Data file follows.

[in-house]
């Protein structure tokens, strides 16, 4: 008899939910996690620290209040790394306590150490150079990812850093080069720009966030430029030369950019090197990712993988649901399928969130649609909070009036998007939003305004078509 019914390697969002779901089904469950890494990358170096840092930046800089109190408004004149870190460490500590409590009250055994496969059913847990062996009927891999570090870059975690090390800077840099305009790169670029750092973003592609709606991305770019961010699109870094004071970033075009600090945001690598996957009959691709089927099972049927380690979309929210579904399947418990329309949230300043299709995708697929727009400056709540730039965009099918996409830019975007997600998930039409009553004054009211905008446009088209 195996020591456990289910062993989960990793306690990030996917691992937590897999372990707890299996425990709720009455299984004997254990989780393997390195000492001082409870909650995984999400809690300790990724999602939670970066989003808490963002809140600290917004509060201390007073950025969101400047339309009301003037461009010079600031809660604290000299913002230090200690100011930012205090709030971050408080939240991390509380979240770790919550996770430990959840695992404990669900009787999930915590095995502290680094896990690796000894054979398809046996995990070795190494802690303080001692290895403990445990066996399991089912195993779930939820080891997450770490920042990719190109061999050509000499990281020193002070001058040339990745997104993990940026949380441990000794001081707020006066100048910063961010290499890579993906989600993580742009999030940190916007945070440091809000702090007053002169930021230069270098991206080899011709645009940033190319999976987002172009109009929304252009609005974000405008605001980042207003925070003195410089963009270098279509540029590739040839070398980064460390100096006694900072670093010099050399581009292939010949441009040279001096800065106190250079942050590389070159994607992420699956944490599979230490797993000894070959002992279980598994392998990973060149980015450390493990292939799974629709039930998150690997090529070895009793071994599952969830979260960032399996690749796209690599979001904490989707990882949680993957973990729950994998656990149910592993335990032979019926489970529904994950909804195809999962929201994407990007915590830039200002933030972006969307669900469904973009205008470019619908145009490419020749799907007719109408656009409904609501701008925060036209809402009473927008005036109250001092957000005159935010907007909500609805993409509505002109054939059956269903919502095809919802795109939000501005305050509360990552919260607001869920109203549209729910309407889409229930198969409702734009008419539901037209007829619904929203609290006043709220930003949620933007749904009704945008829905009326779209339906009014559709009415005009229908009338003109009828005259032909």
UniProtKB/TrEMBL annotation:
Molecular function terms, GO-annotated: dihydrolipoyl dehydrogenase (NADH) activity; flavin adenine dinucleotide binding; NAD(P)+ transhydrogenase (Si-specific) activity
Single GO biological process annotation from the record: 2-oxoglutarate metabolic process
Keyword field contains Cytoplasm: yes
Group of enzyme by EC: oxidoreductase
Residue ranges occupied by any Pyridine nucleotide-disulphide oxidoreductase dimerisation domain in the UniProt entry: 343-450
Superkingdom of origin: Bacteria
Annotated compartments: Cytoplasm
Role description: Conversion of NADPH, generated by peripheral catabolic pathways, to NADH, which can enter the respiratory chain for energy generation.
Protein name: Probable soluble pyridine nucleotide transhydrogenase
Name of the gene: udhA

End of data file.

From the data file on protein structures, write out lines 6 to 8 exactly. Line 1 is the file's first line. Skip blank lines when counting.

Keyword field contains Cytoplasm: yes
Group of enzyme by EC: oxidoreductase
Residue ranges occupied by any Pyridine nucleotide-disulphide oxidoreductase dimerisation domain in the UniProt entry: 343-450